Just in time for Mayberry Days, city government officials have honored a man whose barbershop is a big part of Andy Griffith folklore.
Russell Hiatt, 88, owner of Floyd’s City Barber Shop in downtown Mount Airy, received a certificate of recognition from Mayor Deborah Cochran and the board of commissioners during a recent meeting.
While this was a part on an ongoing program to honor the contributions of longtime local businesses, officials say Hiatt has come to occupy a unique place in Mayberry tourism. His shop on North Main Street is among the must-see locations by visitors hoping to soak up atmosphere from Griffith’s long-running television show, along with others including Snappy Lunch and the late star’s former home.
“He was the last one in the barber shop to cut Andy Griffith’s hair,” Mayor Cochran said of the business Hiatt has been associated with since 1947.
While legions of fans have made a point of visiting the shop run by a man known locally as “Floyd,” the barber character on the show, Hiatt has highlighted them as well, and in a unique way.
He started promoting Mayberry in 1989, which included taking pictures of tourists finding their way into the shop. The resulting “wall of fame” now contains between 35,000 and 40,000 photos that have been made there, according to information presented at the meeting.
“Russell Hiatt has been a longtime asset to Mount Airy,” the mayor said, adding that he also has cut her hair.
Hiatt attended barber school in 1946-47 and started working in the shop in 1947. This is his 65th year on the job, with Cochran pointing out that Hiatt is still going strong despite recent surgery. He has one son, one daughter, four grandchildren, 14 great-grandchildren and one great-great-grandchild.
The veteran barber received a standing ovation while heading to a podium to receive his certificate of recognition.
“I would like to work 65 more years,” he told the audience, “but you know how that goes.”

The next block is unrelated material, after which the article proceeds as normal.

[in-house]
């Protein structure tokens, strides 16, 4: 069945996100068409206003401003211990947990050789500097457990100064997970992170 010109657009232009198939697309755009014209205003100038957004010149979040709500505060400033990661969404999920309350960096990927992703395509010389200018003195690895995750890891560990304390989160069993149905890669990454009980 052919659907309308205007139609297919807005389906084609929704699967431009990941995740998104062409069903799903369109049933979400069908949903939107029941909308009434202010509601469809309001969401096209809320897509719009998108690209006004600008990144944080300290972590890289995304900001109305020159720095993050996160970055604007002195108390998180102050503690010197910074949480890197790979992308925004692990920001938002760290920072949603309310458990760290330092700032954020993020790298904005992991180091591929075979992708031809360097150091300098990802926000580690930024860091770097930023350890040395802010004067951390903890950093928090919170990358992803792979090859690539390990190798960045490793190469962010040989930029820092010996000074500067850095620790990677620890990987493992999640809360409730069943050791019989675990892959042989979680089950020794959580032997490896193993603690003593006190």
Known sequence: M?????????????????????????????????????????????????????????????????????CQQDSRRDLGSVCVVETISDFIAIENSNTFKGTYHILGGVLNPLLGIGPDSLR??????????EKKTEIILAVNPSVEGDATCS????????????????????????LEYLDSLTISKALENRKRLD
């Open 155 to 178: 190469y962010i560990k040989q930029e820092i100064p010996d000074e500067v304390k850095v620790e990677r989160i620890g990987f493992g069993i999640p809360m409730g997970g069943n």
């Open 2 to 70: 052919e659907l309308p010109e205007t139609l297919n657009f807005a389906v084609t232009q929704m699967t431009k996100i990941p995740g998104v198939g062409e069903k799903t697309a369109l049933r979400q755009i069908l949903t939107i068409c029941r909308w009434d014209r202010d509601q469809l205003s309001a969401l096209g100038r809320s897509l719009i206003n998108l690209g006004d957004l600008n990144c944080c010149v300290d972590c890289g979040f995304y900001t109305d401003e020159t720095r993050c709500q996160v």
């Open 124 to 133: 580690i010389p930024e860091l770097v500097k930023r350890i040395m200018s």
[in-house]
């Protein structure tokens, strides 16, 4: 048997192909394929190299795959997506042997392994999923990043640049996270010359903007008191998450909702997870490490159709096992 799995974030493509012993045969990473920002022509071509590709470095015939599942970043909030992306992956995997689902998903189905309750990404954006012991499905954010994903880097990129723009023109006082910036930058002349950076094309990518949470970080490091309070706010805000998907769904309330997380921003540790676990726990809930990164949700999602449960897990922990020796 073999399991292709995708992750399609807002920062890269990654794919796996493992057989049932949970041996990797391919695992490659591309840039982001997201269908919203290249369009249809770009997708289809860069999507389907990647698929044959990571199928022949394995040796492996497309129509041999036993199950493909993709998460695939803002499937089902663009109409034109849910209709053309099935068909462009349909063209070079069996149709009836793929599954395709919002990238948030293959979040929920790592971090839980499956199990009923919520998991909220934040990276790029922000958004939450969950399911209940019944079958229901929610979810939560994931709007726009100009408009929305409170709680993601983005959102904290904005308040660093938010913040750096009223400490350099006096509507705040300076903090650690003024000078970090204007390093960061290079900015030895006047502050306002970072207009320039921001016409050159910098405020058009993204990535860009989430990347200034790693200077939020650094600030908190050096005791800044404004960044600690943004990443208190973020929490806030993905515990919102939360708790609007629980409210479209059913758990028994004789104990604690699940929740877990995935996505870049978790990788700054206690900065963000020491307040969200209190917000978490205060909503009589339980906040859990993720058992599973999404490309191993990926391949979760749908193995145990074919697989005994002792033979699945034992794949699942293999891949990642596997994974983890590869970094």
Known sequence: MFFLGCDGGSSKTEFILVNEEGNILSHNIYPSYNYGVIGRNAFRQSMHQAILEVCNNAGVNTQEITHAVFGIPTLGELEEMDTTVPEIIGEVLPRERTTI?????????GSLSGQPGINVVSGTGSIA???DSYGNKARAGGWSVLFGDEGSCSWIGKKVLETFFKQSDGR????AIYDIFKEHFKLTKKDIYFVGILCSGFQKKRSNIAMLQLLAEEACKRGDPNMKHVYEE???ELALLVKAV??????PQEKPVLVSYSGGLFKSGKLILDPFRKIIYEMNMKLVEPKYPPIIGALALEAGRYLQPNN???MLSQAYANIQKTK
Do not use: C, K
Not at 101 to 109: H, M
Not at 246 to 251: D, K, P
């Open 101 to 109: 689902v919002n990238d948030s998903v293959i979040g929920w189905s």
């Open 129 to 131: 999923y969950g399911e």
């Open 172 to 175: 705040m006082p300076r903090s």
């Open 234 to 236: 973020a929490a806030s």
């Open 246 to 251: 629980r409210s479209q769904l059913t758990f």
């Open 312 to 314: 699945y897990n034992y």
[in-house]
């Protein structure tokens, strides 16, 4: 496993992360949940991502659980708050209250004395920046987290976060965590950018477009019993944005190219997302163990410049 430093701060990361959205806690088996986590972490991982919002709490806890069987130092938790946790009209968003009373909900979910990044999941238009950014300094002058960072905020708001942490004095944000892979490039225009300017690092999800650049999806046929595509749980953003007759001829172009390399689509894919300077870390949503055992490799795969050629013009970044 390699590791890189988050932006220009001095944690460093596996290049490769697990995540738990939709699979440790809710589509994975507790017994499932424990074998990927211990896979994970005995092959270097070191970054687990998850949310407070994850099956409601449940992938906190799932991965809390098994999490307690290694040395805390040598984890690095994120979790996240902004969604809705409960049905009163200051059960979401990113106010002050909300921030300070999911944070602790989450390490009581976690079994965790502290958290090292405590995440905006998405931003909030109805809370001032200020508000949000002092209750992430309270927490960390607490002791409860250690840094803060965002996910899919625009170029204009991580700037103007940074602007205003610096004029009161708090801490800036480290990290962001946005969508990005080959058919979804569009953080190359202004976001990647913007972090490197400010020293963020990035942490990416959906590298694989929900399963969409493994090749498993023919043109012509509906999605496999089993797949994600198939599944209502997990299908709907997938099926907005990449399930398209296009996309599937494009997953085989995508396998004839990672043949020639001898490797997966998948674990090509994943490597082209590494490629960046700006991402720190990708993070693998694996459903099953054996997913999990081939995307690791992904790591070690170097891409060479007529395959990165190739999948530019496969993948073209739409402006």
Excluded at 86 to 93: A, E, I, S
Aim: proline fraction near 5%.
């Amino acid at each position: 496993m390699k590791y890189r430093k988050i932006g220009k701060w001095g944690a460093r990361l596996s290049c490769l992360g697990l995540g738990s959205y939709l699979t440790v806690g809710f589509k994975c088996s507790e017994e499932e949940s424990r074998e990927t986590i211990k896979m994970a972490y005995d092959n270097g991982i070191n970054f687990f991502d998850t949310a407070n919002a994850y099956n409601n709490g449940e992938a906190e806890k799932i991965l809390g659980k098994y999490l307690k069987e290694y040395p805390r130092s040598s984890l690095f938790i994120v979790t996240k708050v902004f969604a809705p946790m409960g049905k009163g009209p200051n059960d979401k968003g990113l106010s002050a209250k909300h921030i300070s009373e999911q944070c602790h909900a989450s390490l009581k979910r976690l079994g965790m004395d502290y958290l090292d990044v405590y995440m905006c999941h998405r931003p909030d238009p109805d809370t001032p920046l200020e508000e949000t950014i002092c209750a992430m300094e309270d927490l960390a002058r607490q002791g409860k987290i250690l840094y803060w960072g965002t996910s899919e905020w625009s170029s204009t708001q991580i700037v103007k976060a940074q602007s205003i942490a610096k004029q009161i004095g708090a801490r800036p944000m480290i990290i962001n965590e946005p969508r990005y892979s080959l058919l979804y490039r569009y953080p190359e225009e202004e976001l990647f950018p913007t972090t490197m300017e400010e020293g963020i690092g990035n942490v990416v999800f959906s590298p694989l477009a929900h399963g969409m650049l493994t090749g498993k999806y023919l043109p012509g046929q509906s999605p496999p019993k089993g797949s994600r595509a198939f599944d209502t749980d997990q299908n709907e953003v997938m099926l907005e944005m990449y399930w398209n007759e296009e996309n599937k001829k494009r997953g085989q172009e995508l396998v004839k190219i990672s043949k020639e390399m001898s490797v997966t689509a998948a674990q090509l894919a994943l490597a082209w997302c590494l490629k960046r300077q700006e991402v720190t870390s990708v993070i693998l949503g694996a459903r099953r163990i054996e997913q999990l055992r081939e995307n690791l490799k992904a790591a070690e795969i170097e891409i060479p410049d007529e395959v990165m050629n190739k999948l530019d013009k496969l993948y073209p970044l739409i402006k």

Snow’s Garage Cited
Also honored for its longevity by the city was Snow’s Garage, which has been in business for 97 years.
“They even worked on wagon wheels — that’s how long they have been here,” the mayor said of the family owned operation dating to 1915.
No one from Snow’s Garage was able to attend the meeting as scheduled, which Cochran said likely was due to a work-related commitment given the nature of its business.
Snow’s Garage provides 24-hour towing services in addition to serving other automotive needs.
The mayor said it is rare to see a family business survive for so long.
“What a fantastic accomplishment,” she commented.
Also during the meeting, the city commissioners:
• Gave approval for the formation of a recycling advisory committee. The purpose of the new group will be to enhance a curbside recycling program launched during the winter. Though it has been successful, officials see a need for the advisory committee to help make it even better.
Functions of the group will include increasing public awareness of the program, identifying possible grant opportunities for recycling efforts and making recycling policy recommendations to the commissioners.
The board approved its bylaws, with members to be named later.
• Voted to hold a public hearing on Oct. 18 during a 7 p.m. commissioners meeting regarding a membership change in an existing city advisory board, the Mount Airy Appearance Commission. The group has recommended that its members be trimmed from 12 to 11, which requires the hearing.
The request coincides with Jeannette Chappell desiring not to be reappointed to the appearance group, and the other members electing not to replace her.
Reach Tom Joyce at 719-1924 or email@example.com.